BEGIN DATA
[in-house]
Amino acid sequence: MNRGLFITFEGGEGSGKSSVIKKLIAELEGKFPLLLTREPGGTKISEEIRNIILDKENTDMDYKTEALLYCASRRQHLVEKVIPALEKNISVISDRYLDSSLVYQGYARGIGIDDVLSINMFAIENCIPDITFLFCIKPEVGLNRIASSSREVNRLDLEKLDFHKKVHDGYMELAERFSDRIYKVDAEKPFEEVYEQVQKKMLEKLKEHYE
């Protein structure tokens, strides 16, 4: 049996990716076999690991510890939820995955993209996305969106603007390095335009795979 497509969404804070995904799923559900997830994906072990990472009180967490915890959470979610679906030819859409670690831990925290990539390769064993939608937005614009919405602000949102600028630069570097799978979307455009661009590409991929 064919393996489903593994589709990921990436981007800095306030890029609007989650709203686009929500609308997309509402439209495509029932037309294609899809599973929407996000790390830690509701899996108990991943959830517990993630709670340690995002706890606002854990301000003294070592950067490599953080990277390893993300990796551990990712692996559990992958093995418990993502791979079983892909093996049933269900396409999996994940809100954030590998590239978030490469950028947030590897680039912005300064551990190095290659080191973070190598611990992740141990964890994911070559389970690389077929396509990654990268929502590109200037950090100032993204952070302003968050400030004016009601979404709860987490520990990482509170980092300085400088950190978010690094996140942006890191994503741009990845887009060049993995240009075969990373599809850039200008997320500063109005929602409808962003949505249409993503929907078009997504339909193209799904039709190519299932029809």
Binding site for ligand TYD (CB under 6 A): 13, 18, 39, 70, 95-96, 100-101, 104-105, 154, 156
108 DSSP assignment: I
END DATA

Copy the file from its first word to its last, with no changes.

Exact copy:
[in-house]
Amino acid sequence: MNRGLFITFEGGEGSGKSSVIKKLIAELEGKFPLLLTREPGGTKISEEIRNIILDKENTDMDYKTEALLYCASRRQHLVEKVIPALEKNISVISDRYLDSSLVYQGYARGIGIDDVLSINMFAIENCIPDITFLFCIKPEVGLNRIASSSREVNRLDLEKLDFHKKVHDGYMELAERFSDRIYKVDAEKPFEEVYEQVQKKMLEKLKEHYE
């Protein structure tokens, strides 16, 4: 049996990716076999690991510890939820995955993209996305969106603007390095335009795979 497509969404804070995904799923559900997830994906072990990472009180967490915890959470979610679906030819859409670690831990925290990539390769064993939608937005614009919405602000949102600028630069570097799978979307455009661009590409991929 064919393996489903593994589709990921990436981007800095306030890029609007989650709203686009929500609308997309509402439209495509029932037309294609899809599973929407996000790390830690509701899996108990991943959830517990993630709670340690995002706890606002854990301000003294070592950067490599953080990277390893993300990796551990990712692996559990992958093995418990993502791979079983892909093996049933269900396409999996994940809100954030590998590239978030490469950028947030590897680039912005300064551990190095290659080191973070190598611990992740141990964890994911070559389970690389077929396509990654990268929502590109200037950090100032993204952070302003968050400030004016009601979404709860987490520990990482509170980092300085400088950190978010690094996140942006890191994503741009990845887009060049993995240009075969990373599809850039200008997320500063109005929602409808962003949505249409993503929907078009997504339909193209799904039709190519299932029809």
Binding site for ligand TYD (CB under 6 A): 13, 18, 39, 70, 95-96, 100-101, 104-105, 154, 156
108 DSSP assignment: I